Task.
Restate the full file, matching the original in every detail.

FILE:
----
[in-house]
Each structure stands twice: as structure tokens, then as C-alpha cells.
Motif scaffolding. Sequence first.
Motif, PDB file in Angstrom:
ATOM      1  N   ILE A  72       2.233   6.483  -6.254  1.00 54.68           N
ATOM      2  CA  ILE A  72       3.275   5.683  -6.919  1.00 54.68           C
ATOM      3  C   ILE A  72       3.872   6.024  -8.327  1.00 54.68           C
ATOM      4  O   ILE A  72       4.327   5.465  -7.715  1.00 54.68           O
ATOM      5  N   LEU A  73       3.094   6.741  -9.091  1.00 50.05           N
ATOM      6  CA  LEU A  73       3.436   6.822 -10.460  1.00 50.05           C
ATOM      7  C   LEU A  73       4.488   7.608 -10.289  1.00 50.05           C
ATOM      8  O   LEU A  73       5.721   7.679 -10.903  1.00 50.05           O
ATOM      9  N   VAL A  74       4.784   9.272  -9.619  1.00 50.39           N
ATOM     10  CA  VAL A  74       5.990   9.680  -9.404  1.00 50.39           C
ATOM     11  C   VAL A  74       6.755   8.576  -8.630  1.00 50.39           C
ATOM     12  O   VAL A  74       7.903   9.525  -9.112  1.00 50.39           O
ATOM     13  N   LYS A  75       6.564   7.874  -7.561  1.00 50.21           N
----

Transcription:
[in-house]
Each structure stands twice: as structure tokens, then as C-alpha cells.
Motif scaffolding. Sequence first.
Motif, PDB file in Angstrom:
ATOM      1  N   ILE A  72       2.233   6.483  -6.254  1.00 54.68           N
ATOM      2  CA  ILE A  72       3.275   5.683  -6.919  1.00 54.68           C
ATOM      3  C   ILE A  72       3.872   6.024  -8.327  1.00 54.68           C
ATOM      4  O   ILE A  72       4.327   5.465  -7.715  1.00 54.68           O
ATOM      5  N   LEU A  73       3.094   6.741  -9.091  1.00 50.05           N
ATOM      6  CA  LEU A  73       3.436   6.822 -10.460  1.00 50.05           C
ATOM      7  C   LEU A  73       4.488   7.608 -10.289  1.00 50.05           C
ATOM      8  O   LEU A  73       5.721   7.679 -10.903  1.00 50.05           O
ATOM      9  N   VAL A  74       4.784   9.272  -9.619  1.00 50.39           N
ATOM     10  CA  VAL A  74       5.990   9.680  -9.404  1.00 50.39           C
ATOM     11  C   VAL A  74       6.755   8.576  -8.630  1.00 50.39           C
ATOM     12  O   VAL A  74       7.903   9.525  -9.112  1.00 50.39           O
ATOM     13  N   LYS A  75       6.564   7.874  -7.561  1.00 50.21           N